Julian Haeger


A Road and Rail Commuters Review of Noise Cancelling Headphones (Bose QC35 II)

March 11, 2019

My daily commute is a short drive, followed by around 35 minutes on a cheap noisy diesel train whose noise level varies from loud to very loud depending on the terrain as the throbbing engine hauls it up hills. It gets irritating.

For a while I’ve been considering some noise cancelling headphones to block out the bassier tones which regular ear buds just can’t passively block. However, the well known ones are not cheap. So it’s not the sort of thing I wanted to jump blindly into.

While there are many existing reviews of noise cancelling headphones, they usually seem to be centred around the frequent flier; the use case they were originally marketed for. While I make the occasional flight for a holiday, my daily concern is more down to Earth and I wasn’t sure how well the reviewers’ experiences would carry over.

Fortunately while talking at work a colleague kindly offered to lend me his pair of Bose QC35s for an evening so that I could try them out on the evening and morning commute. This has provided a nice opportunity for a (relatively) objective review since I’ve not already committed the cash, and am thus not subject to confirmatory bias which seeks to convince us that every purchased item is flawless and thus money well spent, lest we should slip into buyers remorse.



While walking to the station I immediately noticed an issue which my colleague had mentioned - wind noise. The microphones intended to pick up and cancel noises you can hear seem very sensitive to the sound of wind blowing over them, more sensitive in fact that your ears are, causing the headphones to generate a cancelling tone far louder than the source noise making them essentially pipe amplified white noise into your ears every time there’s even the slightest gust. I feel like one would have to disable the noise cancelling when walking in anything but the stillest conditions. This is a pity as periodically lifting the phones off one ear reveals just how much city noise they are otherwise blocking out.


This is where I was most interested in the headphones capabilities, and they were indeed impressive. Much of the bass rumble of the diesel engine immediately disappears with the headphones on. Some bass is still noticeable but I suspect this may be transferring through the body rather than the ears. The mid to higher frequency noises of wheels clanking on tracks, and other commuters talking were far less attenuated however. I could definitely still hear that I was on a train. If I wished to concentrate on something without being distracted by other people’s conversations I still needed to have music on to mask them. The overall result was much more comfortable, but not magic.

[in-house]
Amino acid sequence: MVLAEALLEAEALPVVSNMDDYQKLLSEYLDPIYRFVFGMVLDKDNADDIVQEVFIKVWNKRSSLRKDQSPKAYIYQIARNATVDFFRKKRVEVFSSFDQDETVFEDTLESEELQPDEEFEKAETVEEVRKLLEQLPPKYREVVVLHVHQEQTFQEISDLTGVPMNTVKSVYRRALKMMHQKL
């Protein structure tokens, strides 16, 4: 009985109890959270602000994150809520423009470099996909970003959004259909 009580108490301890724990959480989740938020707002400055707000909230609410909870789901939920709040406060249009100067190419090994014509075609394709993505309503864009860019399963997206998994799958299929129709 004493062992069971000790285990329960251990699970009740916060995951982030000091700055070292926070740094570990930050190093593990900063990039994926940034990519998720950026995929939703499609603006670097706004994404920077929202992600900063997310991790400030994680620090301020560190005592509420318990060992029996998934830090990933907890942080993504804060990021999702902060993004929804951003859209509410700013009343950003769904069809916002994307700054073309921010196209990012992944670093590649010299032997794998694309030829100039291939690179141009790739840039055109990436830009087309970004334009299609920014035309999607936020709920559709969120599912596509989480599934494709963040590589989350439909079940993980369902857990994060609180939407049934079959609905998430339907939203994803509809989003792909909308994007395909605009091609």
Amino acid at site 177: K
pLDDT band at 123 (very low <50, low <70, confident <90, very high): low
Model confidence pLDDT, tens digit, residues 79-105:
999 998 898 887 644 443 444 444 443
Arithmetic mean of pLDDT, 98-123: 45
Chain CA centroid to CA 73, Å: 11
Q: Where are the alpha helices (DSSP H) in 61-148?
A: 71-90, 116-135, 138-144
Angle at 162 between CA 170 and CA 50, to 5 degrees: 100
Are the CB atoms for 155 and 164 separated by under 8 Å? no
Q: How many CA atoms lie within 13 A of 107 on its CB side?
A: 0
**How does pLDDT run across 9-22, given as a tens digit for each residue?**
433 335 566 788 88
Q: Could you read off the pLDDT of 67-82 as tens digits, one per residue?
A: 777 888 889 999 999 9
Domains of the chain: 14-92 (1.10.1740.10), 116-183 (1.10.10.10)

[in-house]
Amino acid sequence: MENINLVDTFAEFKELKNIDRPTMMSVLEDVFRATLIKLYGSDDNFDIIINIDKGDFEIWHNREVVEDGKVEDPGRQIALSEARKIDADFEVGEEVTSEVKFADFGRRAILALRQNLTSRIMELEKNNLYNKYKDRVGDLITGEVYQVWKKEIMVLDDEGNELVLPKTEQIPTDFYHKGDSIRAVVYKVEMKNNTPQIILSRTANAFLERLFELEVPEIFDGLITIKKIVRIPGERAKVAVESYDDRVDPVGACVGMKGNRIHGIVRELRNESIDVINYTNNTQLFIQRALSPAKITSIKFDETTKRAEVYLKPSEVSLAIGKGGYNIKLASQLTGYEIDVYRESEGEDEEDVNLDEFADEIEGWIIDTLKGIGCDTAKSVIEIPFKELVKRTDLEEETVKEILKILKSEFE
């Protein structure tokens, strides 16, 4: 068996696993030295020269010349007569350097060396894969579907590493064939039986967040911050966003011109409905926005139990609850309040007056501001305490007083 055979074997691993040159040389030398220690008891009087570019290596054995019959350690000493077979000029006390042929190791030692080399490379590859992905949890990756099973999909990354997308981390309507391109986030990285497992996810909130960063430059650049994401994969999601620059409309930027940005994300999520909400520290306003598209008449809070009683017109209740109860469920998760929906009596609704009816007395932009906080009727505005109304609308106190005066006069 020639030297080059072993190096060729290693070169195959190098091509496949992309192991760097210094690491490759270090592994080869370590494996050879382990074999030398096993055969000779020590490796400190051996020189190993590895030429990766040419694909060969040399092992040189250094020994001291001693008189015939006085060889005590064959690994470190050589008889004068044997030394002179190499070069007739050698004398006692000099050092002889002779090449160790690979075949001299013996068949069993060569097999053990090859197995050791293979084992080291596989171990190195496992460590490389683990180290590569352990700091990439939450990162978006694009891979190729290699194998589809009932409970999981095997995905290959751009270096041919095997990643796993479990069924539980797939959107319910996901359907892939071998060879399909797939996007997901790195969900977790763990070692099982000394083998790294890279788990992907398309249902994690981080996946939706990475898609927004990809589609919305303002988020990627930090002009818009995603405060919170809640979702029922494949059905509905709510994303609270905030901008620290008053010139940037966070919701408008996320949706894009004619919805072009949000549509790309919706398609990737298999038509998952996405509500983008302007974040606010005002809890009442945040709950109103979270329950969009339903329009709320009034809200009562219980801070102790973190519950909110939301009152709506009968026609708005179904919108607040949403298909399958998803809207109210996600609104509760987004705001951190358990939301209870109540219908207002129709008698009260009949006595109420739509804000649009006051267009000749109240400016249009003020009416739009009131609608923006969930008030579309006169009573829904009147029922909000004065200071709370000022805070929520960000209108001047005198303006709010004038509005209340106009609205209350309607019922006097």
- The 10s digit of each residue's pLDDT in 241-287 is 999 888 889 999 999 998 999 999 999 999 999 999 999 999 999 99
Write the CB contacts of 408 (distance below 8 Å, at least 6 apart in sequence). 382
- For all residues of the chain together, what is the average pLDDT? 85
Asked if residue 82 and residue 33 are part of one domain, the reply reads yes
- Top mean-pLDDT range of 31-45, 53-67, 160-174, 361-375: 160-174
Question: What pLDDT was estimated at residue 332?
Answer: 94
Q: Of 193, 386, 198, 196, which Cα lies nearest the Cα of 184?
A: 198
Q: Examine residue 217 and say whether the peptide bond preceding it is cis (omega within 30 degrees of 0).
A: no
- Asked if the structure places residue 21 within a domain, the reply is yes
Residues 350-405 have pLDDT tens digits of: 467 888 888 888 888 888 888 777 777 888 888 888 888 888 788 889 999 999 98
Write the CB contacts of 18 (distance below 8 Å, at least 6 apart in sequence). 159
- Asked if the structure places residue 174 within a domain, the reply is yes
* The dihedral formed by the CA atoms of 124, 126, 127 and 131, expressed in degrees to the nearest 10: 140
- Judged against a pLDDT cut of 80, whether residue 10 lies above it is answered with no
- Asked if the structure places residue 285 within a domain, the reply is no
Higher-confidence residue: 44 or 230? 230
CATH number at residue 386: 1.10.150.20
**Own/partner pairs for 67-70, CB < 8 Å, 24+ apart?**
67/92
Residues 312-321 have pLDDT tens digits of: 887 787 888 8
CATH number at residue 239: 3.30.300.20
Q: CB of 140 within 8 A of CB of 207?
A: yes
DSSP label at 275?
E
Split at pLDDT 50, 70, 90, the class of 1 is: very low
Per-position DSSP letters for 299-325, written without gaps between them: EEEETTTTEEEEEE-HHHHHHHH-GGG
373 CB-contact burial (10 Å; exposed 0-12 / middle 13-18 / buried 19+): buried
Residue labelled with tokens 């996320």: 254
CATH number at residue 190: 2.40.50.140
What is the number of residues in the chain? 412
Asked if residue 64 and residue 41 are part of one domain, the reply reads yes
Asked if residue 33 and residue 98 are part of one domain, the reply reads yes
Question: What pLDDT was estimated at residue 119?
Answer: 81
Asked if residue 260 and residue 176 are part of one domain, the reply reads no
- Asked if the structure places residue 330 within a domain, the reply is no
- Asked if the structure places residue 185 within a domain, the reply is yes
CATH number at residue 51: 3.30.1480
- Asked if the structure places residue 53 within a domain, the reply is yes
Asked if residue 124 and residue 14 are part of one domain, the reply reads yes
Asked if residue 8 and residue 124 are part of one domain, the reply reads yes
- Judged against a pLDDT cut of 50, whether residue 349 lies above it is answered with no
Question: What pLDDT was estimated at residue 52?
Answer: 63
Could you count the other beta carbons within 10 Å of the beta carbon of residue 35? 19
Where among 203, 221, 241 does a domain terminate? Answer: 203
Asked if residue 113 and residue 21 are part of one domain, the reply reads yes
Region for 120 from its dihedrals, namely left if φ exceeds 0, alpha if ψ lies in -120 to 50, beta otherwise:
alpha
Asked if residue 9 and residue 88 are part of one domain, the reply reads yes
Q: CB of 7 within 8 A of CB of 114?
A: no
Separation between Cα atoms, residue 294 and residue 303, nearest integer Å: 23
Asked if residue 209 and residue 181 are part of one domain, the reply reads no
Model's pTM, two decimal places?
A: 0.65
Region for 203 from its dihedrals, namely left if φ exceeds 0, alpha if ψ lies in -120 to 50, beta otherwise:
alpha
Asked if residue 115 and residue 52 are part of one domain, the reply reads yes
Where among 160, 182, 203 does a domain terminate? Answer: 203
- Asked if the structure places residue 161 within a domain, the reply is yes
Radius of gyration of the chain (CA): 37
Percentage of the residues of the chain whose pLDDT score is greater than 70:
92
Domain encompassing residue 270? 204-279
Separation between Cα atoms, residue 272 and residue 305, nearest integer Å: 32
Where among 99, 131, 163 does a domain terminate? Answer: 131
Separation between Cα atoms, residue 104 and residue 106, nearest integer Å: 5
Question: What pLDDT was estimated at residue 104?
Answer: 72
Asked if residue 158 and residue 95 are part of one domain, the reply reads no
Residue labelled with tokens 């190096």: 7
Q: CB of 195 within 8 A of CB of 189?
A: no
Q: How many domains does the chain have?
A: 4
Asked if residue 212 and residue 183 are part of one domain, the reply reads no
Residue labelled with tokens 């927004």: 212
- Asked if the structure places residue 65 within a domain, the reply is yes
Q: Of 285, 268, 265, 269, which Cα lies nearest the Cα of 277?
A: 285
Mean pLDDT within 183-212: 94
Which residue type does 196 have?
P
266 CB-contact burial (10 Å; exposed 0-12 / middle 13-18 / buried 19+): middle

Driving the short urban route from the station home much of the bass noises of my (cheap and poorly soundproofed) car were again blocked out. Pleasingly, there were still enough mid and higher frequency tones admitted to allow me to feel aware of my own and other vehicles

Later that evening I also took a motorway journey, in what turned into a heavy rain storm. Driving at 70mph with rain lashing the car and wipers on full tilt, it was amazing how much sound was cut out. When I lifted a cup to see what I was missing I felt like I was being deafened by tones I might normally have ignored!


The headphones were impressive and did a good job knocking out the bassier tones of public transport. They work well, yet they are not magic. Current technology’s flagship consumer model is still unable to cut out mid range and up. They do not produce silence.

Are they worth the money? I’m not so sure. For me they do about 60-70% of the job, at a heavy price tag (£330 at time of writing). Perhaps in a few years time the technology will have advanced to the point where it can cover more of the spectrum and they’ll become the magic bullet. Until then however, I’m looking into some of their cheaper cousins with some TaoTronic sets retailing around £45 and older Sony models shipping for around £100. Most reviewers agree these work about 70% as well as the Bose, yet are a fraction of the cost. Since the Bose themselves aren’t perfect, it’s the difference between knocking out “quite a lot” of noise vs “lots of noise”, which is currently sounding like a better value proposition.

Posted March 11, 2019

author Julian HaegerSoftware Engineer with over 12 years experience shipping solutions in node.js, Typescript, Elixir, C#, and C++